To me, resilience is about getting kicked in the face and then getting up again. It’s the drive to never give up. It’s a part of what I refer to when I talk about GRIT as an acronym: growth, resilience, innovation and transition.

Resilience is a muscle group built over time. The more challenge and hardship you face in your life, the more opportunity you have to build those muscles. Resilient people are unwavering and optimistic. They’re ready to learn from tough times, find new solutions, and move into new phases of their lives with those lessons learned. They pivot when needed, without losing sight of a goal. When I think of resilience, I think of the song that goes, “I get knocked down, but I get up again. You’re never gonna keep me down.”

Courage is often likened to resilience. In your opinion how is courage both similar and different from resilience?

Resilience is something you build. Courage is the mindset to do it.

When you think of resilience, which person comes to mind? Can you explain why you chose that person?

The first person who comes to mind is Houston Mayor Sylvester Turner, who has seen the city through seven federally declared disasters. From Hurricane Harvey to Covid-19, he has been stalwart and successful. At ALLY Energy, we gave him our first ever GRIT Lifetime Achievement Award.

Recently, he announced that amid all this he has been battling bone cancer as well — and continued working hard for the city. He is as resilient as it gets.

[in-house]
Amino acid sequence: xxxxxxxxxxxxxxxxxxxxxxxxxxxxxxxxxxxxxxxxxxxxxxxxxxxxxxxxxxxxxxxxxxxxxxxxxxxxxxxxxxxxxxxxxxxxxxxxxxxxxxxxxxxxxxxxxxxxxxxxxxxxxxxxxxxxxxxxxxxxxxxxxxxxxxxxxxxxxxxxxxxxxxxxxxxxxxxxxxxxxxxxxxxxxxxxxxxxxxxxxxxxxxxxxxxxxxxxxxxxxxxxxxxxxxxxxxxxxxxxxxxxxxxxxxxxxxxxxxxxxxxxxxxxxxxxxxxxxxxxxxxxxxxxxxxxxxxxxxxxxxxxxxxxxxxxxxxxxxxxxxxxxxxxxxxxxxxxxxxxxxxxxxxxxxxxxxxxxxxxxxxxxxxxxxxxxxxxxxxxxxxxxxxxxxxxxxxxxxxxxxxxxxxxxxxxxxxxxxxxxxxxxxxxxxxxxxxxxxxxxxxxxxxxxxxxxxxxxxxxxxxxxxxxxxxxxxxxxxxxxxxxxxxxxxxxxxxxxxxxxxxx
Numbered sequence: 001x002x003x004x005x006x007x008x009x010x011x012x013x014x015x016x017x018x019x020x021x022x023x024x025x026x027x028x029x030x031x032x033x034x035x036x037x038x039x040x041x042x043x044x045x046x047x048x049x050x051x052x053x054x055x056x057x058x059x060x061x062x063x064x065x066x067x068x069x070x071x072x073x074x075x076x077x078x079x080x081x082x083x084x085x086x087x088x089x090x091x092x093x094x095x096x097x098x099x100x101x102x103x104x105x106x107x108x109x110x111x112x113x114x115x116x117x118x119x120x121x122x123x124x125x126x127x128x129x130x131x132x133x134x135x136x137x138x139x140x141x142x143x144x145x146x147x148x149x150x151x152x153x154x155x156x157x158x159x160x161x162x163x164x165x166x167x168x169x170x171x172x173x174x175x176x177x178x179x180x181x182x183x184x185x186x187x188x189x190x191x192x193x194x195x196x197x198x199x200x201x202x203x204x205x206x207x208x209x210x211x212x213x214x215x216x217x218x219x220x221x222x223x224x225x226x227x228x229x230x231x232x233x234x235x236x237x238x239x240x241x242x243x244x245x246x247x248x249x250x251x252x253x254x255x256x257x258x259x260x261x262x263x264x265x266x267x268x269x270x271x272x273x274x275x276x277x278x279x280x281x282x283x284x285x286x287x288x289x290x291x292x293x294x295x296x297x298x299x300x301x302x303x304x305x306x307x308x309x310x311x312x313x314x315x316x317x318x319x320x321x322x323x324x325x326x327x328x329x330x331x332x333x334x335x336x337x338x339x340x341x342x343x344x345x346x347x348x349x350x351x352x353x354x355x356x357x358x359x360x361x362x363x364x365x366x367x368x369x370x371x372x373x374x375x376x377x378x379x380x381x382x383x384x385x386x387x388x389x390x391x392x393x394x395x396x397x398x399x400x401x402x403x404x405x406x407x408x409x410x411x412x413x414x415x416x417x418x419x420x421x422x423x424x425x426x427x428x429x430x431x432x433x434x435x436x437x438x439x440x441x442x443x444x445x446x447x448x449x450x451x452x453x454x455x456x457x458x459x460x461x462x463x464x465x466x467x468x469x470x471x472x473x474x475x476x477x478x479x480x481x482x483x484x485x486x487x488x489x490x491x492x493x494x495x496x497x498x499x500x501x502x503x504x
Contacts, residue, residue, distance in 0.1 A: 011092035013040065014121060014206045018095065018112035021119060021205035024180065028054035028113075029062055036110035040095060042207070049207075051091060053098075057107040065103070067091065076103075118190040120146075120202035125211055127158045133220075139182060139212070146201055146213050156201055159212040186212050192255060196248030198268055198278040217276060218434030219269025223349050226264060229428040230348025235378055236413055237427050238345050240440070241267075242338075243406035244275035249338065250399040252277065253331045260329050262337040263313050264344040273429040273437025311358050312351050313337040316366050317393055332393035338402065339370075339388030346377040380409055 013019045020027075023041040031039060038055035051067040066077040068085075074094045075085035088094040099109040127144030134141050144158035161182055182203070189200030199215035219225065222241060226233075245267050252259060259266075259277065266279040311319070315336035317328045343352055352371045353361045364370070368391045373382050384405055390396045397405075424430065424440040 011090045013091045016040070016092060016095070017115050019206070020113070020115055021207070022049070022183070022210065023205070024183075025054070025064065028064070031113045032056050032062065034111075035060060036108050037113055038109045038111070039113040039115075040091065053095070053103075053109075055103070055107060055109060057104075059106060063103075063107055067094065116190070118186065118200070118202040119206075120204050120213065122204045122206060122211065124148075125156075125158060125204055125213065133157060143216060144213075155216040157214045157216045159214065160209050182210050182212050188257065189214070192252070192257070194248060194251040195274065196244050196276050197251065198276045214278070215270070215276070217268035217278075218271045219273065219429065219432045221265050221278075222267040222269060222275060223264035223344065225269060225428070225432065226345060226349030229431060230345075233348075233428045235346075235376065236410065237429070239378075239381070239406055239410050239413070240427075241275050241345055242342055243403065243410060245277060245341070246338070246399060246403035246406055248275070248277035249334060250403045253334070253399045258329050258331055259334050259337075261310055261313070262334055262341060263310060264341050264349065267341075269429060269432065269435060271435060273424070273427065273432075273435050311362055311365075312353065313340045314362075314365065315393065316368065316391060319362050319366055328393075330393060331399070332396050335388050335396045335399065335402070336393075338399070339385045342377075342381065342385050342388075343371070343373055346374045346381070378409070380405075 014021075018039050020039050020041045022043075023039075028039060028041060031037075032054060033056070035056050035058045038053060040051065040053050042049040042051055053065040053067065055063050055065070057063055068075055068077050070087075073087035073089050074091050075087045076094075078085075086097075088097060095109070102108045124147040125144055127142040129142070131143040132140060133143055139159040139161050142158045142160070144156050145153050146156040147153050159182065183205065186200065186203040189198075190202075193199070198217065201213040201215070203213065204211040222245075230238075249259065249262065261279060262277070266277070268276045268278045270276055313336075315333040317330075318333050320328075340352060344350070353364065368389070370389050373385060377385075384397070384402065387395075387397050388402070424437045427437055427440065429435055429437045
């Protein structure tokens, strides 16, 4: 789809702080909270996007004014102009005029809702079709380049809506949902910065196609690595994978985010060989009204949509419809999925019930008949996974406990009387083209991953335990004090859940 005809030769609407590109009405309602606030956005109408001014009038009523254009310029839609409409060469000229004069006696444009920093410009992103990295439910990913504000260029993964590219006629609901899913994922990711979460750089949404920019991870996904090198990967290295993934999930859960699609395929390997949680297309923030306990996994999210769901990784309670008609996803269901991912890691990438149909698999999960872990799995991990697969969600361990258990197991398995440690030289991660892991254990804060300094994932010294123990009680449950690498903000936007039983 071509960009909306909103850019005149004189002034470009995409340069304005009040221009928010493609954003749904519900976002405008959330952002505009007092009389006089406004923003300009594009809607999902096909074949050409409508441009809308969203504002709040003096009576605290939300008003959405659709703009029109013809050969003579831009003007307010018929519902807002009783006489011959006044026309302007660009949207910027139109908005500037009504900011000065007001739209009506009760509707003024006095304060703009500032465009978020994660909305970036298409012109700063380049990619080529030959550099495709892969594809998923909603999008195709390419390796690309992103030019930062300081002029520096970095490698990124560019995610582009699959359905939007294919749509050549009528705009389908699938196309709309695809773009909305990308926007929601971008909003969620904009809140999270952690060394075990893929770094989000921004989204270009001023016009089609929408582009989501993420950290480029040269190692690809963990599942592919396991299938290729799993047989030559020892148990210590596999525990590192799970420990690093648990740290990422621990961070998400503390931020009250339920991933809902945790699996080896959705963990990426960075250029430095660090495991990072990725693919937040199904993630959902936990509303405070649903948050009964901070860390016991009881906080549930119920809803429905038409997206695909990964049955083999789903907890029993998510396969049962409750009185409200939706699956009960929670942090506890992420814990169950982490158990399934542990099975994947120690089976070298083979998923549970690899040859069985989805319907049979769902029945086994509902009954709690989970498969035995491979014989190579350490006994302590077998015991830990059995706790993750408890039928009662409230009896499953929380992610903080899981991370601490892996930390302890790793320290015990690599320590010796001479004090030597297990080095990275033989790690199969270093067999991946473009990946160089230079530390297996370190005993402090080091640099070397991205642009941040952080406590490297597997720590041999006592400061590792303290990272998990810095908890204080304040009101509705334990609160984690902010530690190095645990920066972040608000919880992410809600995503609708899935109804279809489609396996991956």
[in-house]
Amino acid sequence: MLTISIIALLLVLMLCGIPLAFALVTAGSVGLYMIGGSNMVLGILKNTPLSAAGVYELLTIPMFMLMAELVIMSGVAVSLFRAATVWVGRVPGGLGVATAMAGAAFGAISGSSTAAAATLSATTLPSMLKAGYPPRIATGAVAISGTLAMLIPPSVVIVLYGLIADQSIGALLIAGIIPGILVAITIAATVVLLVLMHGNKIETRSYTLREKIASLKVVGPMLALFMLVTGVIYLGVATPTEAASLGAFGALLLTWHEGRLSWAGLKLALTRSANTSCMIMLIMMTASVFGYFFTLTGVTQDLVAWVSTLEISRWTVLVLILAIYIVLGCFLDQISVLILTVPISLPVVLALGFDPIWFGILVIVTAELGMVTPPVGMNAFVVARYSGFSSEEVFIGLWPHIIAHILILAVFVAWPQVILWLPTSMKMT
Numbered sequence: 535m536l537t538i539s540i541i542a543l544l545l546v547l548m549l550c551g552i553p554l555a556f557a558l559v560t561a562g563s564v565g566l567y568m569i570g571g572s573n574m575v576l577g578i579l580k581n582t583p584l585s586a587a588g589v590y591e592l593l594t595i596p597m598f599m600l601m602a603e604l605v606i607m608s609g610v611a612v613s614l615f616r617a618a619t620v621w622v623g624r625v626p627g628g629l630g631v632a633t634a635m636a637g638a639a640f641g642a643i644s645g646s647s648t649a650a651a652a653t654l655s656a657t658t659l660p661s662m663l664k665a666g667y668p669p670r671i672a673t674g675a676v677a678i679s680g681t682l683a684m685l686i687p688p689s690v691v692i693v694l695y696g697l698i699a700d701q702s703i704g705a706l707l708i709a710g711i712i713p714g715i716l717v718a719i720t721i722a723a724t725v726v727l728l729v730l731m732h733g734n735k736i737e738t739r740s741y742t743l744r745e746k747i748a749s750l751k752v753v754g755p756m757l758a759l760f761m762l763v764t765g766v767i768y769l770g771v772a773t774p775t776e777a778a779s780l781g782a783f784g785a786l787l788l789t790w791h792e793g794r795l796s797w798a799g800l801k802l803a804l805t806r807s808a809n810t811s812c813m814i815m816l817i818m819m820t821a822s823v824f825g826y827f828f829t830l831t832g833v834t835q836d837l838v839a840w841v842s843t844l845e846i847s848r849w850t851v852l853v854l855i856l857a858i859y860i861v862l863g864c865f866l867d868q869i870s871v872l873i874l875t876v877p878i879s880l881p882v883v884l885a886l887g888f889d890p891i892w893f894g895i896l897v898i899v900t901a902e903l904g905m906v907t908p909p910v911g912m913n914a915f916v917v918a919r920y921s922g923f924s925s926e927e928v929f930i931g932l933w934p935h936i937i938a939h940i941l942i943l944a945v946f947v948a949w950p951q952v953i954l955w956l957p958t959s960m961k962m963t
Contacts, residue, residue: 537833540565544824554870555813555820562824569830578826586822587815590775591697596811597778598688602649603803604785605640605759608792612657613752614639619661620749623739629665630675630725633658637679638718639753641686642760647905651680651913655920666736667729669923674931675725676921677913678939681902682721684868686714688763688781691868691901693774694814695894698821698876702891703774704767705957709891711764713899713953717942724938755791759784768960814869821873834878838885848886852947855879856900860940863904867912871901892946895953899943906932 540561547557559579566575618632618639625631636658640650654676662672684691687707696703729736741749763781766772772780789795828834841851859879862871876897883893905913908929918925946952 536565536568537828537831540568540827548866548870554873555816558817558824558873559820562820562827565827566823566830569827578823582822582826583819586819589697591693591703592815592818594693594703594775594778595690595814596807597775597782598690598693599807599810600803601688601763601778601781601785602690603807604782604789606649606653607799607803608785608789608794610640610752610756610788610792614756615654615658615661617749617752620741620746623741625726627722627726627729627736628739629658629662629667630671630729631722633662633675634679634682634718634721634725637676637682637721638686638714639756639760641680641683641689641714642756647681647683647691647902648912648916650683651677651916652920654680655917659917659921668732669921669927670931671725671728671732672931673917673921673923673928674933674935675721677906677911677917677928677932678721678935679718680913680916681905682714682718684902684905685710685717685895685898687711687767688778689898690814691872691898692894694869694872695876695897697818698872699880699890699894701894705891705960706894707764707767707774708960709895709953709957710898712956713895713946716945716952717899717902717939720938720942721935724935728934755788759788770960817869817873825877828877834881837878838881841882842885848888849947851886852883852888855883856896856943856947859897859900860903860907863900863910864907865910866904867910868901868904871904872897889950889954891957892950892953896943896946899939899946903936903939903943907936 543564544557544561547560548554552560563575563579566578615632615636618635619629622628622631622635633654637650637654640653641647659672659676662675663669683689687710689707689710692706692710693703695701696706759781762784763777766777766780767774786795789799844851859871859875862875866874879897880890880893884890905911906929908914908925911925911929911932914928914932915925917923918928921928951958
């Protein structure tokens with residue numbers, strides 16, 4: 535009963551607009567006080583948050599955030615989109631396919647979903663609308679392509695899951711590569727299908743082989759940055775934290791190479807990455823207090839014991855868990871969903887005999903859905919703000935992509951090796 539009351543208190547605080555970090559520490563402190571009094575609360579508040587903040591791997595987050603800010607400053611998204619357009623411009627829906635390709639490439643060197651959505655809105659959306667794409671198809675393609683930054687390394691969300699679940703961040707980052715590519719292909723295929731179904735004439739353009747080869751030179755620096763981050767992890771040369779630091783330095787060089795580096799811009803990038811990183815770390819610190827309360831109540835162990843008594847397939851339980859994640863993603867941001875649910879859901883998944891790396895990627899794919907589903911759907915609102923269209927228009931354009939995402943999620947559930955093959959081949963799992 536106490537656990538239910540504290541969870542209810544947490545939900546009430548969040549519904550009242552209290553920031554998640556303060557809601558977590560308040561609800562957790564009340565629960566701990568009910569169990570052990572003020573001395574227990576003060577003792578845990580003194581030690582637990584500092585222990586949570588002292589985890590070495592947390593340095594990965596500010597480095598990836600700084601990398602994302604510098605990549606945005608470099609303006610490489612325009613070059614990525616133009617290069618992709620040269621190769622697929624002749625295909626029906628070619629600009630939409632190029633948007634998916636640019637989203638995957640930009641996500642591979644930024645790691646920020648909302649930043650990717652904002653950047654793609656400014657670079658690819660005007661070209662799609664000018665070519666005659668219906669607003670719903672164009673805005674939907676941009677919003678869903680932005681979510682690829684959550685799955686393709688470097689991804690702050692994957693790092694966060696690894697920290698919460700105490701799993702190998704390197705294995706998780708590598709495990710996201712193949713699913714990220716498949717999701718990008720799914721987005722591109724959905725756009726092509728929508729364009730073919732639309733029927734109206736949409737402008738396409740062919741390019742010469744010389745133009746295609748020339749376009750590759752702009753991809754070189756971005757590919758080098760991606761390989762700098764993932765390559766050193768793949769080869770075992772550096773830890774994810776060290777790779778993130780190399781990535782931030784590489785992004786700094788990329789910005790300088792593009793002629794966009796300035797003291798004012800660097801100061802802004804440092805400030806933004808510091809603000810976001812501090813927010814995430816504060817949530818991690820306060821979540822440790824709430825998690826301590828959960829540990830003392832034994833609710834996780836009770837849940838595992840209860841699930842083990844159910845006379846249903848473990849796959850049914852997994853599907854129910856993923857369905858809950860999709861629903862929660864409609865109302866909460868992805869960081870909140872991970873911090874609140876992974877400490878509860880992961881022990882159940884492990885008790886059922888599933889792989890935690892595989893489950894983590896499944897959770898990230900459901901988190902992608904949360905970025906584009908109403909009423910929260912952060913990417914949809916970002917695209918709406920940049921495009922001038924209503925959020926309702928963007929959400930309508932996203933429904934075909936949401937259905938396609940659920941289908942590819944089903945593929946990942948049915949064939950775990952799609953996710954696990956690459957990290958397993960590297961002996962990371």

But if I could also choose someone from my own life, I would add my mother. She has proven her resilience her whole life. She put herself through school, and supported our family when my dad became unemployed — a norm in the boom-and-bust cycle of oil and gas. In the 1980s, that was rare. As I wrote in my book Grow With the Flow, her being a breadwinner was instrumental in shaping how I view myself and my role in the world.

Has there ever been a time that someone told you something was impossible, but you did it anyway? Can you share the story with us?

When I started the business, most people said it would never succeed! They wrote off the whole idea that diversifying the energy workforce would be seen as a priority. They told me it would be a waste of time and money, that I was giving up my career for nothing.

There are always critics. It’s really easy to say, “You can’t do something,” when you’re the one that’s not doing it! Don’t give in to that way of thinking. My experience on this journey proves that seemingly “impossible” things can be done.

Did you have a time in your life when you had one of your greatest setbacks, but you bounced back from it stronger than ever? Can you share that story with us?

That would be Hurricane Harvey in 2017. Where my family lives in Houston, we were relatively safe — until the Army Corps of Engineers released the west side dams in hopes of preventing even worse flooding in other parts of the city. We had no warning, no time to escape. Suddenly, we were flooded. My daughter and I were rescued by strangers in a boat at our front door.

In addition to losing my home, I also lost my business. It felt devastating. I also know we were among the lucky ones because my husband, daughter and I all made it to safety, and because we had the resources to rebuild. (I discuss this in the documentary film Hot Money, featuring Gen. Wesley Clark and Jeff Bridges.)

Coming out of the storm, I not only worked to rebuild, but also became more committed than ever to the mission. To tackle climate change, we need to usher in the most diverse, inclusive workforce to the field of energy. We need all ideas and perspectives. We need to act as one, and stop the bickering.